Choo and Tong served on both the Keppel Corporation and Keppel O&M boards in 2009 when the P-61 contract bribe scheme was “sanctioned”.
- Choo was CEO of Keppel Corporation and Chairman of Keppel O&M
- Tong was CEO of Keppel O&M and executive director on Keppel Corporation’s board.
These were not just mere directors but CEOs and a chairman.
If Skornicki’s allegations are true and the payments were not formally sanctioned by either board, then these directors had deliberately hid knowledge of wrongdoing from the board.
What about approaching other Board members?
Where senior management sanctions wrongdoing and instructs an in house lawyer to execute it, what is he to do? Both Keppel Corporation and Keppel O&M had practising lawyers on the boards serving as independent directors. Could Chow have approached either of them directly?
He may have worried about retaliation. Jeffery Chow was a US national, resident in Singapore for many years since joining Keppel in 1990. If he had been terminated, would he have had to leave Singapore?
It is easy for us to judge people in such circumstances and say, they should have refused and resigned. Some people have. For others, it is harder – you have kids to put through college, the job market sucks. Why should good people be put in these situations in the first place?
There needs to be support for in house lawyers and auditors who are pressured to commit or ignore wrongdoing. Because of their duty of confidentiality, they can’t tell anyone. It is a lonely place to be.
Why did no one say STOP?
17 people is a large cast but no one raised the red flag or called a stop to the bribes. Keppel is a GLC which is 20% owned by the Singapore government’s investment arm, Temasek Holdings. Temasek’s CEO is Prime Minister Lee Hsien Loong’s wife, Ho Ching.
Singapore prides itself on being tough against corruption. It ranks 7th cleanest on Transparency International’s CPI. Singapore is tough on small time bribery in the civil service but its laws are inadequate to address high level corporate corruption.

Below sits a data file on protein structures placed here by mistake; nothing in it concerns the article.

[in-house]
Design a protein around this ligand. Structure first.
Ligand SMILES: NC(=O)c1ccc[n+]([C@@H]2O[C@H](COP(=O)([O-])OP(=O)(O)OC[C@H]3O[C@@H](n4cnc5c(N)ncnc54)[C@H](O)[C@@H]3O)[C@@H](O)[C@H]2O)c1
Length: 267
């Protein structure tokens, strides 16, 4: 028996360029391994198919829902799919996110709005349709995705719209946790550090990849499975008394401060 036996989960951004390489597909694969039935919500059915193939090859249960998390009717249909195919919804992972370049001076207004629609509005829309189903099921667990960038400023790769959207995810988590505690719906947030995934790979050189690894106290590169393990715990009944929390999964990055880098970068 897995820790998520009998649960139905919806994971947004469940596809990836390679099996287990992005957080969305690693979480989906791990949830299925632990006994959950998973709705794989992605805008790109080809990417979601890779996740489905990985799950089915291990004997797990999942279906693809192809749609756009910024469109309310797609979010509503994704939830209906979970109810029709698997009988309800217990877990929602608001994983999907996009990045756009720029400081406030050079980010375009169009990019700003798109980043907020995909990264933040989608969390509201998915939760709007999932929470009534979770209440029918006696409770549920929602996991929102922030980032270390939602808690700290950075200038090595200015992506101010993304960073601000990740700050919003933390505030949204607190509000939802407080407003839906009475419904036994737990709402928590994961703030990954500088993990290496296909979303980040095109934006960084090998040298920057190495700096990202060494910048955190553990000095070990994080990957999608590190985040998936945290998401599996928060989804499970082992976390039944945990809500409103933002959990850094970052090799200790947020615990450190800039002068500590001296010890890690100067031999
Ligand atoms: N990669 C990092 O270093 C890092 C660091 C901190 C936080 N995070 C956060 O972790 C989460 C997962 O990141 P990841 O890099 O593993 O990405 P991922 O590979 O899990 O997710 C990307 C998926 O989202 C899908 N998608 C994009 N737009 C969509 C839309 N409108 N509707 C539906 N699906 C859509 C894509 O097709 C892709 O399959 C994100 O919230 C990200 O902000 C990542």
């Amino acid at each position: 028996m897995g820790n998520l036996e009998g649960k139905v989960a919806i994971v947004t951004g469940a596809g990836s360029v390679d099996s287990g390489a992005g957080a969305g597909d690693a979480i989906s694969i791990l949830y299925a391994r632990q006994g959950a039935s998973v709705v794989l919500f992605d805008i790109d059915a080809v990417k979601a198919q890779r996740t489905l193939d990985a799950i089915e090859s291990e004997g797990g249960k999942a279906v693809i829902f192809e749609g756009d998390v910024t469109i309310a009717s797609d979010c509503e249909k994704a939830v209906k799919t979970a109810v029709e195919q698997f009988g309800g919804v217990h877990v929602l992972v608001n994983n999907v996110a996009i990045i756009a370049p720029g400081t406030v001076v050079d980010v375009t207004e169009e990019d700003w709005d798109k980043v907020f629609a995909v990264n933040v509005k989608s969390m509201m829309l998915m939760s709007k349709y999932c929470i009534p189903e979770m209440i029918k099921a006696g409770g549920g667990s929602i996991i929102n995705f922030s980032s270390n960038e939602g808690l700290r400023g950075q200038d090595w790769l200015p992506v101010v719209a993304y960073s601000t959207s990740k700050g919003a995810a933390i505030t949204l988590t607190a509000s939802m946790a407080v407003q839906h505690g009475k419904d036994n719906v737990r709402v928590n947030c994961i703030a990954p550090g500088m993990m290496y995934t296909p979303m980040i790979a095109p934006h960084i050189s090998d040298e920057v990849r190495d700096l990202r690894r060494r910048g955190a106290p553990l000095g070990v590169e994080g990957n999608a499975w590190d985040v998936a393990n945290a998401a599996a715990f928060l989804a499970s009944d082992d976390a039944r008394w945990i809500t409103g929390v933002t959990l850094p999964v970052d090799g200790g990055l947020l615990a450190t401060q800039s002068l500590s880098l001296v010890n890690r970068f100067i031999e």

The fact that Keppel stands at no 7 of FCPA’s highest FCPA penalties shows a big gap between perception and reality in Singapore.
Employees of a GLC in a clean country should have felt confident to yell out STOP. But they didn’t. There are no whistleblowing protection laws in Singapore. Employees can be terminated by notice. Some of Keppel’s senior executives like Jeffery Chow were expats. If they lose their job, they would have to leave Singapore.
Keppel does not have an ethics hotline, let alone an independent one allowing anonymous reporting. The “whistleblowing policy” requires people to report to internal audit. We don’t know whether the “consulting arrangements”, the marketing and sales agreement drafted by Chow or the large payments hidden through a construction sub contract were ever picked up by internal audit. If they had, would Keppel’s audit team have had the courage to challenge the senior executives who sanctioned it?
This is, after all, Singapore. Singaporeans are an obedient lot. Dissent is rare and frowned upon. It could very well be that those in the know justified paying Petrobras as the way to do business overseas.
EY’s 2017 Fraud Survey for Asia Pacific is revealing, showing a mindset of keeping ones head down. 44% executives feel offering cash payments to win business is justified. 49% believe senior management would ignore unethical behaviour to achieve corporate targets and 51% of senior management feel pressured to withhold information about misconduct
Reporting externally may not have been a safe option either. The Corrupt Practices Investigation Bureau (CPIB) head is appointed by the Prime Minister. As said earlier, his wife runs Temasek Holdings. The opposition in Singapore is weak and the media muzzled by the government.
If the Petrobras corruption scandal had not uncovered Keppel’s scheme, it may very well be continuing today.
The story is pieced together based on DOJ’s papers, announcements by Keppel Corporation and McDermott International Inc, press coverage by Reuters, Bloomberg, Straits Times and Rigzone.
Animah Kosai originally wrote this piece for Anti-Corruption Digest which was published on 10 January 2017 here.
Image , The P-61 Tension-Leg Wellhead Platform installed offshore Brazil by a Keppel and McDermott JV designed to handle up to 180,000 barrels of oil per day Image courtesy of Offshore Energy Today